How Dogs Donate Blood
ARLINGTON (CBS 11 NEWS) - It is as essential to dogs and cats in a medical emergency as it is to humans: blood donation.
At animal hospitals and clinics, veterinarians need blood and plasma on hand to treat conditions such as heat stroke, cancer, and anemia.
The I-20 Animal Medical Center in Arlington is open 24/7 to take in emergency cases, from dogs with broken bones after being hit by a car, to those suffering from toxicity after ingesting rat bait.
Medical Director Cindi Welch, DVM, says the center orders blood through suppliers who ship deliveries, but the center also has a list of 30 or so dogs and 10 to 15 cats who act as volunteer donors in an emergency.
“Every month or two we try to rotate our donors so they’re not giving too much,” said Dr. Welch.
Lily, is a Labrador retriever owned by the center’s head vet tech, Tiffany. By donating blood every few months as needed,
“People are kind of surprised to hear that we are able to provide this level of care where we provide transfusions to save their pets,” said Dr. Welch.
Dr. Welch says the actual process of donating blood is not uncomfortable for the patient. While humans usually donate through veins in the arm, vets use veins in the dog’s neck.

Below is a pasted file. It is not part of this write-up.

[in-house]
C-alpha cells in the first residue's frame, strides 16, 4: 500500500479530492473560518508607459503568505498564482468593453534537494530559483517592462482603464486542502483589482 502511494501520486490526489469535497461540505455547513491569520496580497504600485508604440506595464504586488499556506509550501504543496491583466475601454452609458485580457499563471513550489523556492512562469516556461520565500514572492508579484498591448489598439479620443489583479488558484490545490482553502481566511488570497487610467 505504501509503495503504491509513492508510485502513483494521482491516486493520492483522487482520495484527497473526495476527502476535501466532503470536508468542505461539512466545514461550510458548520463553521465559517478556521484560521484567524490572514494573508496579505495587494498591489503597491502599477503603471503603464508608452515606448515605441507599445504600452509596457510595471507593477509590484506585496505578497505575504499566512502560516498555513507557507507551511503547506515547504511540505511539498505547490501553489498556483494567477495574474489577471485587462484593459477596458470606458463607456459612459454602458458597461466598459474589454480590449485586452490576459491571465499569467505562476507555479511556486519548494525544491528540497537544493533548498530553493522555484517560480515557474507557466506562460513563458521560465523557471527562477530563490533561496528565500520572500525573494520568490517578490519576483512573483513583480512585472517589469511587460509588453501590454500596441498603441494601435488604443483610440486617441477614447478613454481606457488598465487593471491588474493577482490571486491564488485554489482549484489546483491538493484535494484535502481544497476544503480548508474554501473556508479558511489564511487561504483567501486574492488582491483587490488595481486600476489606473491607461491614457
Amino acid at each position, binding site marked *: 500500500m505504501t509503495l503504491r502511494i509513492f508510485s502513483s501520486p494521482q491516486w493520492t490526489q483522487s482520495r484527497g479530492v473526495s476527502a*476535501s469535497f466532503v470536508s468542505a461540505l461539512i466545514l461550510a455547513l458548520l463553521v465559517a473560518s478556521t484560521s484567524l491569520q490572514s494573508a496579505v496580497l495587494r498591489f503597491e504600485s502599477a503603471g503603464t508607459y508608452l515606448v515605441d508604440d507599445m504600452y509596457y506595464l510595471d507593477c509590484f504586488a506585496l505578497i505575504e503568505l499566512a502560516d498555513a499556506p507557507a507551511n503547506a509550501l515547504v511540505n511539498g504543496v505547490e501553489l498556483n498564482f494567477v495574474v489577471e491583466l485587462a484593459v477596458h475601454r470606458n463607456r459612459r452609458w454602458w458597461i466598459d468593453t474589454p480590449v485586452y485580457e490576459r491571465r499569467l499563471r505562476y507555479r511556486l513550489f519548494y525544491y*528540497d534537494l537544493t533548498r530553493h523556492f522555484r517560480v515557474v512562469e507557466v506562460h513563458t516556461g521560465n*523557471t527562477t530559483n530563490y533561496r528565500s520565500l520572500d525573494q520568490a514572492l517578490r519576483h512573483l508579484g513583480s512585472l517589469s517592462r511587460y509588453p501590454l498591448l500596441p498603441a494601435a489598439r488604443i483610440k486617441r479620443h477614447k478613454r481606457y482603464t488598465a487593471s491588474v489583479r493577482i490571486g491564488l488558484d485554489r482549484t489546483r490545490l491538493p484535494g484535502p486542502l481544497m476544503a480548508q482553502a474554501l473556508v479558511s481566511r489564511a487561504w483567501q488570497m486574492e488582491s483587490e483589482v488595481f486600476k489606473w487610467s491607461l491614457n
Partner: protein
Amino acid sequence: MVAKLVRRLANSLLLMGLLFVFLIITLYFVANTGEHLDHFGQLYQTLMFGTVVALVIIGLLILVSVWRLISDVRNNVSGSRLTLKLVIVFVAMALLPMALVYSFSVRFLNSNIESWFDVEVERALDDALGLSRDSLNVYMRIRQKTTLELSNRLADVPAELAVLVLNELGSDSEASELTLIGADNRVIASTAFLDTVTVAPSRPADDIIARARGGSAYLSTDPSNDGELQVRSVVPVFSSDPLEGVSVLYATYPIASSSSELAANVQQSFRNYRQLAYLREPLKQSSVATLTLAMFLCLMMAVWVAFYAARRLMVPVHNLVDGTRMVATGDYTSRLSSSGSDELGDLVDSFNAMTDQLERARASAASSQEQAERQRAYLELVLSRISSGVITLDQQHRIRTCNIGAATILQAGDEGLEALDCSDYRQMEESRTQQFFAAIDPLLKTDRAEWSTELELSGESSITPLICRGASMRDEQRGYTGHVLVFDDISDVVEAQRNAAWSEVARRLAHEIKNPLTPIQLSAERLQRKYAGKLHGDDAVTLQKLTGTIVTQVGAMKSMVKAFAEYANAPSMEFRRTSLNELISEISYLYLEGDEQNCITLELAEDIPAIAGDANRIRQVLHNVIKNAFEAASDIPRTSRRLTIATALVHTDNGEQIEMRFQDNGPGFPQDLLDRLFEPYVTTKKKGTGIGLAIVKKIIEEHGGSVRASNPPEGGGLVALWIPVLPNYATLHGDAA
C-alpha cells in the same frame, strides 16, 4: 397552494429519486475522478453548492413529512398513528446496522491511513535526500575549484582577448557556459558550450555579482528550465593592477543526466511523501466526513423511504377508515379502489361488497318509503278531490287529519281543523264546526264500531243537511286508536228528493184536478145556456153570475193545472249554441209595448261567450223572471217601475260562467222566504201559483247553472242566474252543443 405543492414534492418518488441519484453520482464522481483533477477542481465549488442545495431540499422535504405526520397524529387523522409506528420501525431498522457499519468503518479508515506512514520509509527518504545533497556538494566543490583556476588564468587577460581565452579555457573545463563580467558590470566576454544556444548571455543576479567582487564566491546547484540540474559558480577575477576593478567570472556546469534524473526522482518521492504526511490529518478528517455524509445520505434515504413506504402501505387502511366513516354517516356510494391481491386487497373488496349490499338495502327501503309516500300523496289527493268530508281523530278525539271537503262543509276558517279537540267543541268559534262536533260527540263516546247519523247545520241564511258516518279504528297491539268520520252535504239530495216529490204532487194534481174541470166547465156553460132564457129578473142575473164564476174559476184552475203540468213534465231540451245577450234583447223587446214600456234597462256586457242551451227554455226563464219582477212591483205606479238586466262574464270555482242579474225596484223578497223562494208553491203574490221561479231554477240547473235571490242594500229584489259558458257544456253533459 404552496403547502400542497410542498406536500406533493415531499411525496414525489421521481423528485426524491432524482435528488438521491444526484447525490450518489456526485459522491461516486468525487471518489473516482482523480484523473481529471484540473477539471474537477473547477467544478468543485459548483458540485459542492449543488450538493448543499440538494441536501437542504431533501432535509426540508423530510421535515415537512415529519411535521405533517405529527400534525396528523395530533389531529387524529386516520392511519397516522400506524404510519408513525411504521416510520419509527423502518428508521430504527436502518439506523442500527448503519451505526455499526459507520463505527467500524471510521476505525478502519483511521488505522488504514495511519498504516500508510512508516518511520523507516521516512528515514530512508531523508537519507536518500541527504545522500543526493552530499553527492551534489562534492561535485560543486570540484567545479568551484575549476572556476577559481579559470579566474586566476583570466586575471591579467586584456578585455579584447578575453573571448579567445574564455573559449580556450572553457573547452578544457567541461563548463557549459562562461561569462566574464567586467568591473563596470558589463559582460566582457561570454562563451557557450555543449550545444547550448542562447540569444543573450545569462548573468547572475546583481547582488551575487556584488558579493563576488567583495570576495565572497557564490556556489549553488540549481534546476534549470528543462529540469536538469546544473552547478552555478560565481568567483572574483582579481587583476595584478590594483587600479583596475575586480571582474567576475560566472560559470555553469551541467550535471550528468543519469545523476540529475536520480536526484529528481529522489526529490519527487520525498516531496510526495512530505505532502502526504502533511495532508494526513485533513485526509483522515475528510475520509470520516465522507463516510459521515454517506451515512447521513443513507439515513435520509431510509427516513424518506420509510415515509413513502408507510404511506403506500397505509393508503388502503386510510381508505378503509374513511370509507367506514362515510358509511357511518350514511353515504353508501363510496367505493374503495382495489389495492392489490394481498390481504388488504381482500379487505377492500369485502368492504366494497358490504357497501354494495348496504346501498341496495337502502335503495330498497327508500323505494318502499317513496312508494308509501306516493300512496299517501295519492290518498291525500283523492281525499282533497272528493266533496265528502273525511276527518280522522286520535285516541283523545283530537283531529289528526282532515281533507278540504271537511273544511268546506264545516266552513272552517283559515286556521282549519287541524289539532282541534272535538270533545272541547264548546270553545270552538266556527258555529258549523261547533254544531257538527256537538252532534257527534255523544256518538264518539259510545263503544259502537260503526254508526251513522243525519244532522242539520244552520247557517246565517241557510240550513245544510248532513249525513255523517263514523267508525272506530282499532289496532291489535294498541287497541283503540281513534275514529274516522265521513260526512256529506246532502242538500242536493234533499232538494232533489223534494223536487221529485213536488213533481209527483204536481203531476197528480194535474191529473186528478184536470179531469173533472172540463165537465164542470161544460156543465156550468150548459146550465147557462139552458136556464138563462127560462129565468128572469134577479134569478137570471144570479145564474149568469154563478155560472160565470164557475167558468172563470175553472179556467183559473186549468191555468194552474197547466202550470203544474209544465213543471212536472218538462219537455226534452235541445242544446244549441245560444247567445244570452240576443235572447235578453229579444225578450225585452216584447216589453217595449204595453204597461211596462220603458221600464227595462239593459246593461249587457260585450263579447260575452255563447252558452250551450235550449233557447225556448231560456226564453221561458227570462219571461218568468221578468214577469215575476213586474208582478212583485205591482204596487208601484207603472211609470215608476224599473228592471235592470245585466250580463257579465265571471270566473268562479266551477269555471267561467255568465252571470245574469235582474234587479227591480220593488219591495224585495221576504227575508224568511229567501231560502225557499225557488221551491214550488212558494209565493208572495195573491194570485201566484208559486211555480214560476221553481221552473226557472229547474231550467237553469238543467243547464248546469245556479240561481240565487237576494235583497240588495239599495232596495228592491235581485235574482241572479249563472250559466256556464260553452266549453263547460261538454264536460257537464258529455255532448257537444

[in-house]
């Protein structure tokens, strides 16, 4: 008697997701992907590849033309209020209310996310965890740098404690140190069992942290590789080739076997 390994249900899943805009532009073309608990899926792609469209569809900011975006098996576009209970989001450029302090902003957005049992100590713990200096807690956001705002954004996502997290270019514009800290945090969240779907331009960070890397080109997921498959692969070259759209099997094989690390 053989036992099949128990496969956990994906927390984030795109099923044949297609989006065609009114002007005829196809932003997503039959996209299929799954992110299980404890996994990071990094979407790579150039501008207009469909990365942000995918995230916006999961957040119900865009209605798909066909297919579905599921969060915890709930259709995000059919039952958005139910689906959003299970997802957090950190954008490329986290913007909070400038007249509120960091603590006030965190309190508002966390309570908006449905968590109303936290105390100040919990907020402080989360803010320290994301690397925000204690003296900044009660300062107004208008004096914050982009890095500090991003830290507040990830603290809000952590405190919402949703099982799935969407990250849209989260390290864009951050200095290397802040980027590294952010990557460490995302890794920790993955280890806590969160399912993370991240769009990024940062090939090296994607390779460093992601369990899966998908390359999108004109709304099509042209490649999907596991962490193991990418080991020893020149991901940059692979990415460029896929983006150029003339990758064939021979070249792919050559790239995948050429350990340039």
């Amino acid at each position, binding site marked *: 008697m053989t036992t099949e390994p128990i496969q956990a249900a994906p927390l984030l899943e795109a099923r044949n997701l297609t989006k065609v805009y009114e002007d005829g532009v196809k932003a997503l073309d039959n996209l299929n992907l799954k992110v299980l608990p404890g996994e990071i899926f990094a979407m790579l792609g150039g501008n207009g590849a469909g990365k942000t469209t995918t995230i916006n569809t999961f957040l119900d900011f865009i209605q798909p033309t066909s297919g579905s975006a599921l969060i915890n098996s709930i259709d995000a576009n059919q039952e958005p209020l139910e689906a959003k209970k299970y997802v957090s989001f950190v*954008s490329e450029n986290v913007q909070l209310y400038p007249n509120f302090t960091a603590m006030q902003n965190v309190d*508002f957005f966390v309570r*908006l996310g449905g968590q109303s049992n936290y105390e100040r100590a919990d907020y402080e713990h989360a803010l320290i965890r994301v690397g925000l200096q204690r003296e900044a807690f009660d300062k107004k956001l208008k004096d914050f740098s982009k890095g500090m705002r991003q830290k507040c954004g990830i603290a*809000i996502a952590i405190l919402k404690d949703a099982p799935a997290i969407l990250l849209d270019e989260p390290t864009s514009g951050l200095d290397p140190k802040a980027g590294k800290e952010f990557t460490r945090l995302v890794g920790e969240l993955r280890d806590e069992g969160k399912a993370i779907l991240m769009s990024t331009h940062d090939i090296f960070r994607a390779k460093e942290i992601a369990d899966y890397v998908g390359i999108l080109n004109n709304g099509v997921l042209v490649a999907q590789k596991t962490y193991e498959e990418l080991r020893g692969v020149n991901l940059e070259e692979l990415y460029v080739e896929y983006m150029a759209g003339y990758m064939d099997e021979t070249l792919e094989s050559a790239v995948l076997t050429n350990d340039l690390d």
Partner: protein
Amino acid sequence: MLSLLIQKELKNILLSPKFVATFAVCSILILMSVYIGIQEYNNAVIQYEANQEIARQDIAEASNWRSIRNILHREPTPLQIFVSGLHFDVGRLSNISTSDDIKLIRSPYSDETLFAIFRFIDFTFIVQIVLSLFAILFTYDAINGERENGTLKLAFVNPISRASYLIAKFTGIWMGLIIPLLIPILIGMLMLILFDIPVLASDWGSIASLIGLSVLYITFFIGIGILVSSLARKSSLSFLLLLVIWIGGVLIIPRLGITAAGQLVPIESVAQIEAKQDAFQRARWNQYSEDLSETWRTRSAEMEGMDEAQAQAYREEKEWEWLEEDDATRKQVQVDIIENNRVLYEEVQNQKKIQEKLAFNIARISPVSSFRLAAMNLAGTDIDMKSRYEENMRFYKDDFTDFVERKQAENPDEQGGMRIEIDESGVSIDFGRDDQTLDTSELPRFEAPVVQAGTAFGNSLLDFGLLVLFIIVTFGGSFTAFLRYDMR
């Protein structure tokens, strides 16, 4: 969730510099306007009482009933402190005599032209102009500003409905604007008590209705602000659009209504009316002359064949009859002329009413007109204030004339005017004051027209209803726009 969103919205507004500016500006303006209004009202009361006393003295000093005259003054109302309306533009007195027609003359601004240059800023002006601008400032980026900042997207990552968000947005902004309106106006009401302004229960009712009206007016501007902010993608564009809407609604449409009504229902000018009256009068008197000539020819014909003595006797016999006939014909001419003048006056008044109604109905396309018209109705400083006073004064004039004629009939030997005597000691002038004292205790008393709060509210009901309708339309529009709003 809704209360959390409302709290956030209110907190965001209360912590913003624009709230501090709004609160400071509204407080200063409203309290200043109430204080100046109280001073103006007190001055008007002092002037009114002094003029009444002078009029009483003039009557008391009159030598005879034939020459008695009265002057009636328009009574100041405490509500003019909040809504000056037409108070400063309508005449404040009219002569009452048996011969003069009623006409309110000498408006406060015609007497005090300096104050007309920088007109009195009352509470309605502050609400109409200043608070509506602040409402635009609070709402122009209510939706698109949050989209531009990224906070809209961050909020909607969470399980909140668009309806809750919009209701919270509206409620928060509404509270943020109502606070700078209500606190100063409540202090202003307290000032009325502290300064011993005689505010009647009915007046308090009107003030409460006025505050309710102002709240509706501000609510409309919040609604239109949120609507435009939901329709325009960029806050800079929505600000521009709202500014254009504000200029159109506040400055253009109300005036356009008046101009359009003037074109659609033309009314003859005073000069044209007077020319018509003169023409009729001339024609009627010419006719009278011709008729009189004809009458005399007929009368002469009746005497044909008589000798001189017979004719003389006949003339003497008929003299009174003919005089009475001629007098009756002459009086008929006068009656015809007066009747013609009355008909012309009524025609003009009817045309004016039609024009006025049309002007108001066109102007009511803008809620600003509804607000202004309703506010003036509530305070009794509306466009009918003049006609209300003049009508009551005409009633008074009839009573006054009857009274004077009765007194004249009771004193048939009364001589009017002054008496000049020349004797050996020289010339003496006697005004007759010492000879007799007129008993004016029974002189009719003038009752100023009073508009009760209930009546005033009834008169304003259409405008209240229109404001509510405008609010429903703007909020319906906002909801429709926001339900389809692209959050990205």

“For us, we’d be horrified to think someone’s sticking a needle in our neck, but for dogs, it doesn’t seem to bother them at all,” Dr. Welch said.
And like humans, the donor dogs at the 1-20 Animal Medical Center get a treat after donation.
“We call it orange juice and a cookie, but it’s a can of dog food, that she gets after she’s been very brave,” said Dr. Welch.
The most important requirement, Dr. Welch says, is that the dog is pre-screened and healthy.
“Our pet donors have already signed up and been authorized to give blood. We know that they’re current on vaccinations, they’re on heartworm medication all the time, they have flea and tick control, and they’re young and healthy,” said Dr. Welch.
This medical center uses all volunteer donors, and the animals belong to staff members. Client’s pets are not used as blood donors, Dr. Welch says.
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